Corps member donates borehole, offers free medicare to IDPs
AS part of her community development project, a Batch C 2015 corps member, Ugwu Chinemerem Juliet, with State Code: FCT/14C/0652, has donated a community water borehole for Internally Displaced Persons (IDP’s) at Yimitu Community, Waru District, Kabusa Ward, Abuja Municipal Area council (AMAC), FCT Abuja.
The corps member also provided free HIV testing and counselling to about 200 persons, giving special attention to nursing mothers, pregnant women and children.
Speaking to The Guardian at the commissioning of the facility, Ugwu explained that she decided to embark on the project due to lack of potable water being experienced by IDP’s in the community and also the skin infection on most of the children due to poor hygiene.
She said: “After settling down at my place of primary assignment, Federal Ministry of Works Headquarters, Mabushi, Abuja, I was watching the NTA Network news one Sunday when I saw some Internally Displaced persons (IDPs) talking about their unimaginable suffering conditions due to lack of basic social amenities like water, accommodation, food and medical needs especially for the infants under one year, nursing mothers and pregnant women who are the most vulnerable group affected by the insurgency.”
“Their conditions touched my heart and being a person with great passion for the needy and the down- trodden in the society, I decided to alleviate some of their pains and to make an impact in their lives during my service year. Then I took the first step of visiting the stakeholders managing IDP’s in Nigeria: National Emergency Management Agency (NEMA) and other relevant bodies to get the necessary information and guidance.”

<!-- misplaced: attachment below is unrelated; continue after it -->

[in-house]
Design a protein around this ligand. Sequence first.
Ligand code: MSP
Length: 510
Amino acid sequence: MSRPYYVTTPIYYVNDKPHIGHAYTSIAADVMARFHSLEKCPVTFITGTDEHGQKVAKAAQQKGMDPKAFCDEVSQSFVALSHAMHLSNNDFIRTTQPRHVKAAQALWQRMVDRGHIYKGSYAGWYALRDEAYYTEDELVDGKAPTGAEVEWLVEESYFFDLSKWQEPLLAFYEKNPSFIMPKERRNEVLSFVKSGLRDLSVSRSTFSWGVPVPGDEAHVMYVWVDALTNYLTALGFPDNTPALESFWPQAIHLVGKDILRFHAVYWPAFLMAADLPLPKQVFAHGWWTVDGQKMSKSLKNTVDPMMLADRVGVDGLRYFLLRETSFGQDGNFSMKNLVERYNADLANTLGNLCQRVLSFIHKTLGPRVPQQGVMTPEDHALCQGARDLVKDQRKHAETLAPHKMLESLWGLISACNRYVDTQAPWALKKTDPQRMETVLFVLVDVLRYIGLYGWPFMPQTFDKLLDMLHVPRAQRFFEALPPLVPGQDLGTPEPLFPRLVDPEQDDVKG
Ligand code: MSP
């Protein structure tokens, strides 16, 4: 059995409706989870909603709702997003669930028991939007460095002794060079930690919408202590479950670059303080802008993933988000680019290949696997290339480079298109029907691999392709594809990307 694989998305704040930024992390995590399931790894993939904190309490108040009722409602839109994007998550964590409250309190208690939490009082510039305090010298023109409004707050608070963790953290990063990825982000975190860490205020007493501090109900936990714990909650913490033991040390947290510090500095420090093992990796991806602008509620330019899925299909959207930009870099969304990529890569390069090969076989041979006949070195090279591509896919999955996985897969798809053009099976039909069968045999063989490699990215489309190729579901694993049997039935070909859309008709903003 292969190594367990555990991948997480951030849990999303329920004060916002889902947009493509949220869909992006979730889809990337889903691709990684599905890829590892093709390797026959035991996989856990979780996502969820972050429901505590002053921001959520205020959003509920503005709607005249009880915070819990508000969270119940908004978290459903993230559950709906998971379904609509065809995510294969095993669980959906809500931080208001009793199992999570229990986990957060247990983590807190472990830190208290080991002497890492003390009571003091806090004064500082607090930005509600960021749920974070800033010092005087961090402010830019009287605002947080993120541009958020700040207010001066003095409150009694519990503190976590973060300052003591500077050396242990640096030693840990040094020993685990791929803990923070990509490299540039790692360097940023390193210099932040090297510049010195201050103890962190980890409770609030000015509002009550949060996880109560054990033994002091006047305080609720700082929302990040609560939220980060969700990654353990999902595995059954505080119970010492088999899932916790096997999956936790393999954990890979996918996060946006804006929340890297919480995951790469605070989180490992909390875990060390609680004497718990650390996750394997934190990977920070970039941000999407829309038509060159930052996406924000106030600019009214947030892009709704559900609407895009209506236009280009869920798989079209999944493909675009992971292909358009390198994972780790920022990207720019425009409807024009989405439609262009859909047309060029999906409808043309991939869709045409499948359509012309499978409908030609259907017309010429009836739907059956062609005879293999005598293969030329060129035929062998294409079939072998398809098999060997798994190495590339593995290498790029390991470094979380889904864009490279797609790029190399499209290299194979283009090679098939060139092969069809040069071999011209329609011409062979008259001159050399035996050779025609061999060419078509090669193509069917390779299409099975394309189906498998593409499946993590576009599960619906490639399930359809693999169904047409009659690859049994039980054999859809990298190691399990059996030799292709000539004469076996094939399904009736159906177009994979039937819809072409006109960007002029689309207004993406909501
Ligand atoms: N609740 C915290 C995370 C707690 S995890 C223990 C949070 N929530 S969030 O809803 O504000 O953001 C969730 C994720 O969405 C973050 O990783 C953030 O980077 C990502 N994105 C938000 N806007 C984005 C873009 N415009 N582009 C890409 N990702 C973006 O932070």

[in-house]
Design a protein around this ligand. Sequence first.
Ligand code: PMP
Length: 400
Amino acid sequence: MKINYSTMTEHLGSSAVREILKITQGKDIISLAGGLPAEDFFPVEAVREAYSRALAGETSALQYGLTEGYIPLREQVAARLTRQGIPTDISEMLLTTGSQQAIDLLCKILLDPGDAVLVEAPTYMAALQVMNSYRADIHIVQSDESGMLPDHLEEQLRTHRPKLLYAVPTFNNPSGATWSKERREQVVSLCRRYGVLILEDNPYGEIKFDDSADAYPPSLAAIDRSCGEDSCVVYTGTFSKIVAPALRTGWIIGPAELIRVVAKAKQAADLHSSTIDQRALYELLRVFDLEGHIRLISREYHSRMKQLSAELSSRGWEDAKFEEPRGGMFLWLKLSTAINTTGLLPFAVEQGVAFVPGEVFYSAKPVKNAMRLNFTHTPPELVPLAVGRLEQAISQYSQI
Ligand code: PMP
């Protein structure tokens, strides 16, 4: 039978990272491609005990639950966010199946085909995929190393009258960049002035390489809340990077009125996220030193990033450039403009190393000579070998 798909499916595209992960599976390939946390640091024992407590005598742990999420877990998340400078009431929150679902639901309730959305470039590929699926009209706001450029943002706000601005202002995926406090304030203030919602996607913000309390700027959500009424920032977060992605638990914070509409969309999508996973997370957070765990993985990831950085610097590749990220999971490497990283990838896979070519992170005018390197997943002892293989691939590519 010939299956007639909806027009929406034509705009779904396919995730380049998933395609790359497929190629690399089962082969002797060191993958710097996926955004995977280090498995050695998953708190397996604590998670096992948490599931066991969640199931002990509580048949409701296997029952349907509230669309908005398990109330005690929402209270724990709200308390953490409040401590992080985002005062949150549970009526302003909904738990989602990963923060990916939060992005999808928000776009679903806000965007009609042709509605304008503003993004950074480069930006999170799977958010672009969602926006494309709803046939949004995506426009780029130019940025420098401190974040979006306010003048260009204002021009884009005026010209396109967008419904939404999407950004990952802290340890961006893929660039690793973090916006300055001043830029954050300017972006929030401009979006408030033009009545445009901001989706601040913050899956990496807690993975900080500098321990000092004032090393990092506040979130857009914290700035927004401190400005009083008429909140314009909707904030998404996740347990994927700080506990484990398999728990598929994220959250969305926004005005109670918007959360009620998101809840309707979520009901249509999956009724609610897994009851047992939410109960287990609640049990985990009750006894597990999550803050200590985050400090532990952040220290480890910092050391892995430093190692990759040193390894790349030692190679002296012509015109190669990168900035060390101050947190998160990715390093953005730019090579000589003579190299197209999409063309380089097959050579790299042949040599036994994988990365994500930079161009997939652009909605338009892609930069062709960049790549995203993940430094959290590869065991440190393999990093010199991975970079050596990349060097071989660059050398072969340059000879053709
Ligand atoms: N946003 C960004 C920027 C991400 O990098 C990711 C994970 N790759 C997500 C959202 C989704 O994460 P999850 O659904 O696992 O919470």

“As I remembered that one of the steps to achieving a personal Community Development Service (CDS) project is to identify their highest need, I was told by the IDP Chairman that water was their highest challenge because most of the poor ones among them cannot afford to buy water sold at N30.00 per 25 litres.”
She added: “When I walked to the school batcher accommodation organized by some volunteer teachers, I saw the children sitting on the floor while they were being taught and many of them had skin infection on their heads caused by poor hygiene as shown in the picture. The volunteer teacher also confided in me that water is not readily available. To confirm this, many of the children did not even take their bath before coming to school that morning.”
The Graduate of Geology and Mining from Enugu State University of Science and Technology (ESUT), explained that about 150 persons will be receiving treatment with necessary malaria drugs and long-lasting insecticide treated mosquito net (LLTMN).
“Sensitization on best water handling practices, general sanitation and personal hygiene practices will go a long way to sustaining the project.”
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